• Supply Chain Attacks: Since many manufacturing organizations are part of complex supply chains, a cyberattack on one company within the supply chain can have a ripple effect  — impacting other manufacturers, distributors, retailers, and even consumers downstream. In a worst case scenario, a cyber attack on the supply chain can lead to safety issues including tampering with product design or functionality, contaminated or substandard components, disruption to essential services, or public safety threats.

  • Insider Threats: Historically, insiders have remained a top challenge for manufacturing organizations. Malicious or unintentional actions by employees, contractors, or trusted partners can pose significant risk — leading to data breaches or disruptions in manufacturing processes.  

  • Inadequate Authentication and Access Controls: Internal and third-party users must remotely access industrial assets for maintenance and other purposes; however, this requires administrators to maintain costly, complex infrastructure. OT remote users can also make unauthorized chances that pose risks to operations, and without role-and policy-based access controls or visibility into users’ activities, organizations cannot identify or respond to incidents.

A Comprehensive Approach to Cybersecurity in Smart Manufacturing

Successful cybersecurity in smart manufacturing environments demands a multifaceted approach. As the attack surface continues to expand, and more challenges for smart manufacturing arise, organizations should consider the following steps to building an effective manufacturing cybersecurity program: 

1. Gain visibility into all CPS in your OT environment:

A comprehensive inventory of all OT, IoT, IIoT, building management systems (BMS),  and all other CPS, that underpin your smart manufacturing environment is the foundation of effective industrial cybersecurity. However, gaining this visibility is one of the most important yet challenging tasks facing security and risk leaders today. Smart manufacturing organizations can solve this challenge by implementing a CPS protection platform that offers highly flexible discovery methods that can be mixed and matched to deliver full visibility in the manner best suited to their organizations distinct needs.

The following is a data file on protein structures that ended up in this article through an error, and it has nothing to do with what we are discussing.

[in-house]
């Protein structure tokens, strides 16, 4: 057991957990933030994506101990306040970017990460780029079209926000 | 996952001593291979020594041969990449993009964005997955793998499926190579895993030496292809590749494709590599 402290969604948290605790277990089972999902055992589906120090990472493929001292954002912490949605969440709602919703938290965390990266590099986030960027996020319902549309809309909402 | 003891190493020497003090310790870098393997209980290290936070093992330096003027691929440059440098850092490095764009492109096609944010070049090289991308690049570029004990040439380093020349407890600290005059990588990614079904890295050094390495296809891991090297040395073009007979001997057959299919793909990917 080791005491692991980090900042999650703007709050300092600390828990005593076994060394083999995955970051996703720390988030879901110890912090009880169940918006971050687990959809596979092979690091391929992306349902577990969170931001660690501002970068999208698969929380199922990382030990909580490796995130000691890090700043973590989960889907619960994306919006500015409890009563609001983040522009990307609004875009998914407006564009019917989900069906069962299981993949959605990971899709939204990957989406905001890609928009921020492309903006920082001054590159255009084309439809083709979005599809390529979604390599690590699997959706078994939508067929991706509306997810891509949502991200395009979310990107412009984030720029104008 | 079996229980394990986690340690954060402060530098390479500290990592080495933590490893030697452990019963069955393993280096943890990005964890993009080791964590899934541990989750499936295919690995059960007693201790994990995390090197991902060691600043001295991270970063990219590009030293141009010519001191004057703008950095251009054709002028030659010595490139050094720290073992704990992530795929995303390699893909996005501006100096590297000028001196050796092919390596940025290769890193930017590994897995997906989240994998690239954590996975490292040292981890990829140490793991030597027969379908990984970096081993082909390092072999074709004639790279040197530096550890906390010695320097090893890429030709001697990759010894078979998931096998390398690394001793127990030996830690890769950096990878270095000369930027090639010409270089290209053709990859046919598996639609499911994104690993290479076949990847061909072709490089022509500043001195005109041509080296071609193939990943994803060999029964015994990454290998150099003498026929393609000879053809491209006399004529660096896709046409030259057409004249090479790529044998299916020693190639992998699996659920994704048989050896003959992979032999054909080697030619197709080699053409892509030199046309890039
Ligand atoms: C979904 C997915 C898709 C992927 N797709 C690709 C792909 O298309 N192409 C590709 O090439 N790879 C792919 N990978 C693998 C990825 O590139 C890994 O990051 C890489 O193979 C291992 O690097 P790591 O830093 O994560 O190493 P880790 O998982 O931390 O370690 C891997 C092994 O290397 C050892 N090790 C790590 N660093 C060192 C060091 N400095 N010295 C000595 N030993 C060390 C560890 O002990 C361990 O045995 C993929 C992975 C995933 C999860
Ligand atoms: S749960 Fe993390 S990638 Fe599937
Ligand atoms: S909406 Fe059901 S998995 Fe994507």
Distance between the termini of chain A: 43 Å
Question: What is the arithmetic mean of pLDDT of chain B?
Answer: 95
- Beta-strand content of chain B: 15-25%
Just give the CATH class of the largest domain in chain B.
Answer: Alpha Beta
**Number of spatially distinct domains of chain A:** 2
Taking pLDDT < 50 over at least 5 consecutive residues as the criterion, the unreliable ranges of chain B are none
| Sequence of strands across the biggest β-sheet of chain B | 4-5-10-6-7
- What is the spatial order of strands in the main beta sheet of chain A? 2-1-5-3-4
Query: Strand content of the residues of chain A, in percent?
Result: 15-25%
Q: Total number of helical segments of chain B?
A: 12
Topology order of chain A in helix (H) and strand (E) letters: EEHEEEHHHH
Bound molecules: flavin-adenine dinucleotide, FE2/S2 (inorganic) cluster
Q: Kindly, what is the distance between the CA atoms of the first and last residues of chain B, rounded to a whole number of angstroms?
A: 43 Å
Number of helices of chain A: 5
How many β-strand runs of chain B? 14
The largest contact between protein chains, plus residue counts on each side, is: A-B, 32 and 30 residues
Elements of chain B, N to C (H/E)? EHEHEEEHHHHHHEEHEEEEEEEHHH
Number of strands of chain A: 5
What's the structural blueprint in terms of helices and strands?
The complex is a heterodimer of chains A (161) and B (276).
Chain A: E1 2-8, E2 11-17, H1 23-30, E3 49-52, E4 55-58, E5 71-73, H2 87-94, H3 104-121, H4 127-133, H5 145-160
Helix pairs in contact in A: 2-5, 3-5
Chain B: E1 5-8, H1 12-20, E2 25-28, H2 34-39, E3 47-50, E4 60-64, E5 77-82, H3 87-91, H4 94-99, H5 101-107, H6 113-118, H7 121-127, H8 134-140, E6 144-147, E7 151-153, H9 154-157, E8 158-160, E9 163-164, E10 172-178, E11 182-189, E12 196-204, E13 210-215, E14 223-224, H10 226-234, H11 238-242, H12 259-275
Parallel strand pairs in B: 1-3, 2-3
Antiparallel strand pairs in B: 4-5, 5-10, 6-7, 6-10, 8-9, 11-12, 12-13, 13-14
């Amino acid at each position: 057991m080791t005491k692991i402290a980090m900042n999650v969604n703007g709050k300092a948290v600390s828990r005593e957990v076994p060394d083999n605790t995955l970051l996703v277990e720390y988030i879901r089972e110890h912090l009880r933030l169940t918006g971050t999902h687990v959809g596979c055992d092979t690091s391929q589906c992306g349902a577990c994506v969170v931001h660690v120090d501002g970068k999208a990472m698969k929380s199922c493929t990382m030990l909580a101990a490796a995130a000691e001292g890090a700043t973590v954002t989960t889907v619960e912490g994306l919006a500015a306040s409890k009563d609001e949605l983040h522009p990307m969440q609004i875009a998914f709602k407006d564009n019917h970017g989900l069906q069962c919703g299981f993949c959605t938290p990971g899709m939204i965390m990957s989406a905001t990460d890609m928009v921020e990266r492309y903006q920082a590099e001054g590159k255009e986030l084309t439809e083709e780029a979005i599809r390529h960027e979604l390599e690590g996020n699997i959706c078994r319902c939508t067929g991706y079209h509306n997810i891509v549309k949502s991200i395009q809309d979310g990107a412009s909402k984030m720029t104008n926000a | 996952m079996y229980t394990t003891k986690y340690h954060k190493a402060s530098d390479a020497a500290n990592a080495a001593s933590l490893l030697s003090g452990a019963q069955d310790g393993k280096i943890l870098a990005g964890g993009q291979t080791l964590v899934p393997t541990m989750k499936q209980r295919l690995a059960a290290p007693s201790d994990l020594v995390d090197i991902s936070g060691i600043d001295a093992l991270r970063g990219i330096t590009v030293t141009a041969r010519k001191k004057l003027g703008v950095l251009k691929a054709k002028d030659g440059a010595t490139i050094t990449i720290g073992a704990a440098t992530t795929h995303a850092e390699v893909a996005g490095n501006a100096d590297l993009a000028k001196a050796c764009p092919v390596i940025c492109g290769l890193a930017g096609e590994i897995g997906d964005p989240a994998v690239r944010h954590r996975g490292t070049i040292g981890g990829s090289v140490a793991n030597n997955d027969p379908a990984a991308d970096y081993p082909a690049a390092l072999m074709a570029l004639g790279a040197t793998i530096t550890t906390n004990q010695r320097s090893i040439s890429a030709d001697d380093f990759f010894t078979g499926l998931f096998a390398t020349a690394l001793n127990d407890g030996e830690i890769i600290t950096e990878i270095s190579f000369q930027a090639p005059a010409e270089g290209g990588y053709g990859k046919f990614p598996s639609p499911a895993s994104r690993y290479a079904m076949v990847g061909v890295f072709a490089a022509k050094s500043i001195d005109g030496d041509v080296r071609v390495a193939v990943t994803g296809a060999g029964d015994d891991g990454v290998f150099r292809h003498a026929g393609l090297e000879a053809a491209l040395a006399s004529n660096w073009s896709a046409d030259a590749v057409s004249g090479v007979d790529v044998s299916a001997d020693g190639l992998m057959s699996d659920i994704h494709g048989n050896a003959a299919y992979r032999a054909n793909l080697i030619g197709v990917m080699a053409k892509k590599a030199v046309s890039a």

2. Integrate your existing IT tools & workflows with your CPS

Once enterprise-wide visibility is achieved, as a best practice, organizations should integrate their existing IT tools & workflows with OT. Many CPS use proprietary protocols and are composed of legacy devices and systems which are incompatible with traditional IT security solutions. In many environments, traditional vulnerability scanners are unsafe, and patching is rarely permitted due to their low tolerance for downtime. With collaboration between IT and OT teams, and the right CPS security tool, organizations can safely uncover risk blindspots without endangering operations by integrating their already extensive tech stacks with a purpose-built OT security solution. This strategy will help organizations to take control of their risk environment and create further visibility across traditionally siloed teams by simply extending existing tools and workflows from IT to OT. 

3. Extend your security governance from IT to OT: 

Unlike their IT counterparts, most OT environments in the manufacturing sector lack essential cybersecurity controls and consistent governance. That’s because the legacy systems in many OT environments were built with a focus on functionality and operational reliability, rather than security, as these systems were not initially intended to be connected to the internet. By extending IT controls to OT, manufacturing organizations can unify their security governance and drive all use cases on their journey to cyber and operational resilience.

Smart manufacturing plays an integral role in the global economy — creating advancements in technology, optimizing the supply chain, enhancing quality and efficiency, and more. As industry 4.0 continues to pave the way for smarter, more efficient processes, we have seen the vast benefits digital transformation can provide. Unfortunately, these benefits have become outpaced by cybersecurity threats as the attack surface for cyber criminals expands. As a result, critical infrastructure organizations should understand the major challenges they contend with, and the essential best practices to follow in order to build a robust smart manufacturing cybersecurity strategy.